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Cavalieri begins with a Socratic dialogue on the status of animals between two imagined philosophers, representing the analytical and continental traditions. They discuss the history and defenses of moral perfectionism and debate whether the view represents an archaic approach to ethics. Cavalieri then follows with a roundtable "multilogue" in which Coetzee, Miller, Cary Wolfe, and Matthew Calarco expand on the relationship between philosophy and animals, the boundaries of moral status, the role of reason in ethics, the psychology of speciesism, conflicts of interest between human and nonhuman life, literature and fellow-feeling, and the practical consequences of an antiperfectionist stance.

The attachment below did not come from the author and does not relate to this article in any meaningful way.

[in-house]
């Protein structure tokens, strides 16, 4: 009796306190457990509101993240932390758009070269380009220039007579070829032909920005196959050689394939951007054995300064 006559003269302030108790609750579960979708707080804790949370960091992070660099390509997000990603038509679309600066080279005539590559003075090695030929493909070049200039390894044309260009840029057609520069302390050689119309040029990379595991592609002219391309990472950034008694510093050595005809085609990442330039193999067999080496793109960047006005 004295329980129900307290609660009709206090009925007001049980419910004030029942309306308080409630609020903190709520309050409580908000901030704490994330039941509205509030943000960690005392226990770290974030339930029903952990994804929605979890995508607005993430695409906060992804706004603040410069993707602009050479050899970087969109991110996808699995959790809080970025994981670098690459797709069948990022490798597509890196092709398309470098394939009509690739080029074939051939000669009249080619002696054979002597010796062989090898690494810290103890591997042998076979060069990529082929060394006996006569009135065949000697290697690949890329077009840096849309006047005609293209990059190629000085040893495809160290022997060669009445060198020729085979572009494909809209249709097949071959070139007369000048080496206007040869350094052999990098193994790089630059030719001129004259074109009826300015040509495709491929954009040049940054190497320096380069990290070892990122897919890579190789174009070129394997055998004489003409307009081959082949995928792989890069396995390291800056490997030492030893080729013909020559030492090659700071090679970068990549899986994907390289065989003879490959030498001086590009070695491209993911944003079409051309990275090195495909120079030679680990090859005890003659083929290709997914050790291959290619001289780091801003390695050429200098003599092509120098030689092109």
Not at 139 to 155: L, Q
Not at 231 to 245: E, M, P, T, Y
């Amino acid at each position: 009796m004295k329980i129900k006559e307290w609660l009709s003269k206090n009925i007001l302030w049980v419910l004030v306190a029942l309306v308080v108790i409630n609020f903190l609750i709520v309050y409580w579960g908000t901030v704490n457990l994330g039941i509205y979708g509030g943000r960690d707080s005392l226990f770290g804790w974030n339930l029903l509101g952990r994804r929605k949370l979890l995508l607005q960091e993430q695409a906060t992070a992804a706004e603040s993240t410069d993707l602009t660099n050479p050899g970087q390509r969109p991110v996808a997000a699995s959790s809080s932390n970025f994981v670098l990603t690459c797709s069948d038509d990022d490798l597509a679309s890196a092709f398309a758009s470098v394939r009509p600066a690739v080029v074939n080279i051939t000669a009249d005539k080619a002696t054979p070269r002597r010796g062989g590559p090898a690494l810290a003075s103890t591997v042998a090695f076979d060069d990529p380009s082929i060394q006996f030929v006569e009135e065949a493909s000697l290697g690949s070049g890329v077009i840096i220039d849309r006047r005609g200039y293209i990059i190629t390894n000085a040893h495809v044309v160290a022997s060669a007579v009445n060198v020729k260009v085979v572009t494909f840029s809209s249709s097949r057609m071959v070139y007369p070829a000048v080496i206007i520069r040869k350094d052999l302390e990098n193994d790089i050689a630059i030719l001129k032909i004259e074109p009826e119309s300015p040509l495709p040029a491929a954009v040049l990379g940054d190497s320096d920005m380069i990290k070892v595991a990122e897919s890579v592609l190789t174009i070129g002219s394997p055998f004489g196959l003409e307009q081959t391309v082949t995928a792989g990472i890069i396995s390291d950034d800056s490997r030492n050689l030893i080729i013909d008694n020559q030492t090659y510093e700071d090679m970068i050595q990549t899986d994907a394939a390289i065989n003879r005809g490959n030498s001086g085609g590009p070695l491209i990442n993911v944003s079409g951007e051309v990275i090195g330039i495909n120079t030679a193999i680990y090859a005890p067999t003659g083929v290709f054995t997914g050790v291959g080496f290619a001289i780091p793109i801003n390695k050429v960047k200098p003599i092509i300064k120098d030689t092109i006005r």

Coetzee (author of the novels The Lives of Animals and Elizabeth Costello) emphasizes the animality of human beings; Miller (a prominent analytic philosopher at Virginia Tech) dismantles the rationalizations of human bias; Wolfe (professor of English at Rice University) advocates an exposure to other worlds and beings; and Calarco (author of Zoographies: The Question of the Animal from Heidegger to Derrida) extends moral status to entities that traditionally have little or no moral standing, such as plants and animals.